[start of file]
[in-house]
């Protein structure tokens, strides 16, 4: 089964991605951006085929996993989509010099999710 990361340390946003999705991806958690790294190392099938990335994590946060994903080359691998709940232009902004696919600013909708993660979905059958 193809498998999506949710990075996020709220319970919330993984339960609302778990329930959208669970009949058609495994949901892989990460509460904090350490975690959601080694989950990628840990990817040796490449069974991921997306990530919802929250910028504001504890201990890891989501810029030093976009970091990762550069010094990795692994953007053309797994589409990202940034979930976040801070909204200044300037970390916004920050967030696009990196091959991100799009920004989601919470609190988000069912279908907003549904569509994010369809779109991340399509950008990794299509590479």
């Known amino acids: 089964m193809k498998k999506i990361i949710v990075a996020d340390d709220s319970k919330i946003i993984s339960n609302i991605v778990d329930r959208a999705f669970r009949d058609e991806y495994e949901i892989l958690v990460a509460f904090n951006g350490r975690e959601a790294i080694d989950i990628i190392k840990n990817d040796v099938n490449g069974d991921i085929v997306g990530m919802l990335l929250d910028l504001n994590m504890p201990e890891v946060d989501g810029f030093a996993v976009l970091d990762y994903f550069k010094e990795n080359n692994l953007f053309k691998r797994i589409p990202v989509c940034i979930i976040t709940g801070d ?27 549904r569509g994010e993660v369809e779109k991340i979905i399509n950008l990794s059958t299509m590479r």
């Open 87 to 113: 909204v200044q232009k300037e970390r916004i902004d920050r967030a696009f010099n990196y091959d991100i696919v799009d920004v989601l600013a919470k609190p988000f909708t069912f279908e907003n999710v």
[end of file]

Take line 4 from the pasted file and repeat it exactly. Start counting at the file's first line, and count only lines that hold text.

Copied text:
């Open 87 to 113: 909204v200044q232009k300037e970390r916004i902004d920050r967030a696009f010099n990196y091959d991100i696919v799009d920004v989601l600013a919470k609190p988000f909708t069912f279908e907003n999710v």